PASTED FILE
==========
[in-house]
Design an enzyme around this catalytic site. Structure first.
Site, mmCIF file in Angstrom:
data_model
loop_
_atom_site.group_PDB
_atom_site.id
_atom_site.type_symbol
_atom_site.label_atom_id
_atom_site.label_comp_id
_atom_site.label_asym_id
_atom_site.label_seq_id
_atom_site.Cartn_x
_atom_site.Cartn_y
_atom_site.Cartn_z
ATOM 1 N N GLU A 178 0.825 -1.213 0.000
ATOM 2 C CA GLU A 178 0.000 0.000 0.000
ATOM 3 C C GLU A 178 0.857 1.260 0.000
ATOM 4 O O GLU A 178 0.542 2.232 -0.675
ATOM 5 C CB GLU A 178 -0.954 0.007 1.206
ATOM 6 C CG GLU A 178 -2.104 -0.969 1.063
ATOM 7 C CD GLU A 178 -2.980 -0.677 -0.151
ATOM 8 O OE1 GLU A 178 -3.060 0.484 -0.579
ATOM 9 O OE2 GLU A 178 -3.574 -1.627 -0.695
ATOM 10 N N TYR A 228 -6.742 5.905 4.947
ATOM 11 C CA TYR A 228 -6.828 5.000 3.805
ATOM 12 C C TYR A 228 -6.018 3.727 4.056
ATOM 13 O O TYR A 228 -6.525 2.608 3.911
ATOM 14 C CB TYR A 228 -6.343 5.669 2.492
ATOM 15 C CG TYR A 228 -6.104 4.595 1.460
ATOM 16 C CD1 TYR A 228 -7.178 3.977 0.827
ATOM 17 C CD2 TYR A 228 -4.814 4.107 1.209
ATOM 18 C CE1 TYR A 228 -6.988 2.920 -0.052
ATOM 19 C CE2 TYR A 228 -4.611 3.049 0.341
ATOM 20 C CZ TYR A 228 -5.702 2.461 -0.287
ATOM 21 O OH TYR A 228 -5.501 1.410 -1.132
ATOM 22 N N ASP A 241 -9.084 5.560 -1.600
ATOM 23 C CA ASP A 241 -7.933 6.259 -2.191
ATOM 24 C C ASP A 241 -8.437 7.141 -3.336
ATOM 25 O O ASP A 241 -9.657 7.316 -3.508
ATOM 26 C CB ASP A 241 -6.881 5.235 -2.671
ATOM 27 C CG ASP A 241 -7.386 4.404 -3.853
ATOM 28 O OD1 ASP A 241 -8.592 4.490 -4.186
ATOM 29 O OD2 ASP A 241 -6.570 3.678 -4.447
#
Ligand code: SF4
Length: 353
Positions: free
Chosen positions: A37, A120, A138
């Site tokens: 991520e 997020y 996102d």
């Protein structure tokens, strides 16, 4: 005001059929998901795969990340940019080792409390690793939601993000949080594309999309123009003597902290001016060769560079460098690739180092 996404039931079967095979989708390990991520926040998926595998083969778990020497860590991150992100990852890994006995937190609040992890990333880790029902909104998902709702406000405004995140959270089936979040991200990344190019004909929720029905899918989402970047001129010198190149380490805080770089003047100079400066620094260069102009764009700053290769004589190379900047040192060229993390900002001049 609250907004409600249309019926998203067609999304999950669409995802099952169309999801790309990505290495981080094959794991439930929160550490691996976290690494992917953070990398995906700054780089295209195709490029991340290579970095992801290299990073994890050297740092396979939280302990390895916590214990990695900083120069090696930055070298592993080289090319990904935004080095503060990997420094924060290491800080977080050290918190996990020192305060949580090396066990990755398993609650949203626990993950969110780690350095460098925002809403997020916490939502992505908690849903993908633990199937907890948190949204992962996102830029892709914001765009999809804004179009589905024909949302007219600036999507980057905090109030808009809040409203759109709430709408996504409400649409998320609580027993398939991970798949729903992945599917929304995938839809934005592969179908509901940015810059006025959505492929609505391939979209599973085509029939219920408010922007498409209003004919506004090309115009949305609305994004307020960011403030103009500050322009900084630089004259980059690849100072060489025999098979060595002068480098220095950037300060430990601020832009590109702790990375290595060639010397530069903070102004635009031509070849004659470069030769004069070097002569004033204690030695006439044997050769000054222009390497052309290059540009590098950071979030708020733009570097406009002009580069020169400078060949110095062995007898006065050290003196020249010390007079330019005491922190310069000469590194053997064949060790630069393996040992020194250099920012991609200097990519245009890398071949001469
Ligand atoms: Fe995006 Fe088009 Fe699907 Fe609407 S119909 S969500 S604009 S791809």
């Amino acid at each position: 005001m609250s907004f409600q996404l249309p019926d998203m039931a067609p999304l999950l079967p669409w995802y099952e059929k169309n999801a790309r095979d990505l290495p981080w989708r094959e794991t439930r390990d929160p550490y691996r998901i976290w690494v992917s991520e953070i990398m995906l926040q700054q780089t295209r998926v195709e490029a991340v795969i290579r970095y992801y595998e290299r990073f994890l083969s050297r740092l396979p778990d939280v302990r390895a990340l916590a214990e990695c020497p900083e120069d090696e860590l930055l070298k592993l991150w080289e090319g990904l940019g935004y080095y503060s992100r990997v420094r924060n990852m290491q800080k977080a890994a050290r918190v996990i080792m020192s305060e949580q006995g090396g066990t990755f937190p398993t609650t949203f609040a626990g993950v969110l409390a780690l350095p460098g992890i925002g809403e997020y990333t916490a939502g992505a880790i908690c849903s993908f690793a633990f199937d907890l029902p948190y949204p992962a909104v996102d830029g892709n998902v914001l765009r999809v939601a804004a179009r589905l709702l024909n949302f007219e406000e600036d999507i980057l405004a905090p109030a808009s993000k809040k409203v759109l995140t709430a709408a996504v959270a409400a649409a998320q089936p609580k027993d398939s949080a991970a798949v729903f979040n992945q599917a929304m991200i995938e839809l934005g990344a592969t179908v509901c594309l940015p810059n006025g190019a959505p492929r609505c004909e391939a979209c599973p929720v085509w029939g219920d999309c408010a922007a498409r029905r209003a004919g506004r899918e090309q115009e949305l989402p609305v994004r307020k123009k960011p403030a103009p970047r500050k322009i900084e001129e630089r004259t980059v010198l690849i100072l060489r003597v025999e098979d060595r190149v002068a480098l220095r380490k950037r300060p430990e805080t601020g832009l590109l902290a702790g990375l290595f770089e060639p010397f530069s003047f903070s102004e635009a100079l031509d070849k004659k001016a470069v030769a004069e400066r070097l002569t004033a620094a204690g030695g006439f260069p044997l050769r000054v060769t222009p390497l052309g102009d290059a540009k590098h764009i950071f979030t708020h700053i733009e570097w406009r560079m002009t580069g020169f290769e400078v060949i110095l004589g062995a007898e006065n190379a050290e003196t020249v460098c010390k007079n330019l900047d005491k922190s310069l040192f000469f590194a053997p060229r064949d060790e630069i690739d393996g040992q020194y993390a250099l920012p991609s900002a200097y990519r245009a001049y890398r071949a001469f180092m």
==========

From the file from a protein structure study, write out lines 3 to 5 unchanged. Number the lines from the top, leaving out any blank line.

Site, mmCIF file in Angstrom:
data_model
loop_